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Talking with Your Teen
Raise a Safe Teen Driver
Tips for safer motorcycling
a Safe Passenger
Drive Alive co-founder
Important things teens
New drivers, as well as experienced drivers, can prevent collisions by
reducing driver distractions and maintaining control of their vehicles.
following list will help all kinds of drivers with varying levels of
experience drive safely. First of all Ė buckle-up. And, be sure all of your
passengers are buckled up.
Keep your eyes on the road and your hands on the wheel! Driver
distraction is reaching epidemic proportions in drivers of all ages, but
especially in young, inexperienced drivers. Consider all the things in a
vehicle that can occupy a driver's attention: cell phones, radios and CD
players, sophisticated vehicle controls, fast food and other drive-through
conveniences, laptop computers and on board navigation devices, not to
mention passengers. Driving is not a multi-functional task. It requires the
driver's full attention.
Check mirrors and seat position as soon as you get into the car, not as
you are driving. Fasten your safety belt and adjust your mirrors, the radio
or CD player and the climate control settings. Keep music at a low level so
you can hear a horn or siren. Make sure everyone else in your vehicle is
buckled up and that all objects are securely stowed.
Do not talk on a cell phone while driving. Donít make calls while
driving. Let your voicemail pick up incoming calls. Return calls later when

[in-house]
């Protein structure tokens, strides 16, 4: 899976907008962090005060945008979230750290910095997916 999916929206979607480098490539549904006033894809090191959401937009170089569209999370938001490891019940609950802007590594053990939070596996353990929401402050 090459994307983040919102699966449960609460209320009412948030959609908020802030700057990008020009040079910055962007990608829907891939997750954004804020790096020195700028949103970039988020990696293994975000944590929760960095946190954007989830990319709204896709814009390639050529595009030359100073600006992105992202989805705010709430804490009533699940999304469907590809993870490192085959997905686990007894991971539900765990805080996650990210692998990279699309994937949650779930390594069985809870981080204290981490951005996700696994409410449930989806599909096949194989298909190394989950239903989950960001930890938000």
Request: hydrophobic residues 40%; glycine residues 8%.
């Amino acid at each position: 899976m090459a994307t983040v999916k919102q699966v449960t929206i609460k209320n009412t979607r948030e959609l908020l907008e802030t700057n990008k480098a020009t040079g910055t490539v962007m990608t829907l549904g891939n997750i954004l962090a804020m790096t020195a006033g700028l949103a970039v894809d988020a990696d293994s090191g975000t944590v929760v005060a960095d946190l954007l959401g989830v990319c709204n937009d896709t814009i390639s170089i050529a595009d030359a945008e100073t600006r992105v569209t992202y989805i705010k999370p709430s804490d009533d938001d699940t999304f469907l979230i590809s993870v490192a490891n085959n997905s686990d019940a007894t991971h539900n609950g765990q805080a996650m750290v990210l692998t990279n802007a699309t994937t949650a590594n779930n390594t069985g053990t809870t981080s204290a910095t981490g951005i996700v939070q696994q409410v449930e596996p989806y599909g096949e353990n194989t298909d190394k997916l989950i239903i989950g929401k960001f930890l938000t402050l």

the car is safely parked in a parking lot.
Know the type of braking system that your vehicle uses. If your vehicle
uses an anti-locking braking system (ABS), keep your foot firmly on the
pedal if you stop suddenly. Do not pump the brakes in an emergency
situation. This will provide false information to your braking system,
preventing it from operating correctly. If your vehicle is not equipped with
anti-lock brakes, press the brake pedal firmly, just short of locking the
wheels. If your wheels lock, indicating a skid, let up slightly on the brake
pressure. Then, reapply pressure to the brake. Continue this squeezing
action until the vehicle stops.
Reduce speed and keep a safe following distance. Slow down in bad weather
or other poor driving conditions, such as rain, fog, snow, ice, and heavy
traffic. If you are uncomfortable with the speed limit, for whatever reason,
Donít speed. Speeding will not get you to your destination faster. Speed
influences a crash in four ways:
■ It increases the
distance your vehicle travels from the time you recognize an emergency until you can react.
■ It increases the
distance it takes to stop your vehicle. The faster you go, the more distance
it takes to stop your vehicle.
It increases the
crash severity. For example, if your speed increases from 40 to 60 miles an
hour, your speed increases 50 percent while the energy released in a crash
more than doubles.
■ Higher speeds
reduce the ability of seatbelts, air bags, guard rails and barriers to
protect vehicle occupants in a crash.
Avoid jerky movements or overcorrecting. A sudden response or
overcorrection, such as jerking the steering wheel to the right or left or
slamming on the brakes can cause the vehicle to skid, swerve into oncoming
traffic or veer off the roadway. You can avoid sudden surprises that lead to
reactive moves by watching the traffic and roadway ahead, behind and around
Donít drink and drive, and never be a passenger with a drinker.
Learn how to be a Defensive Driver.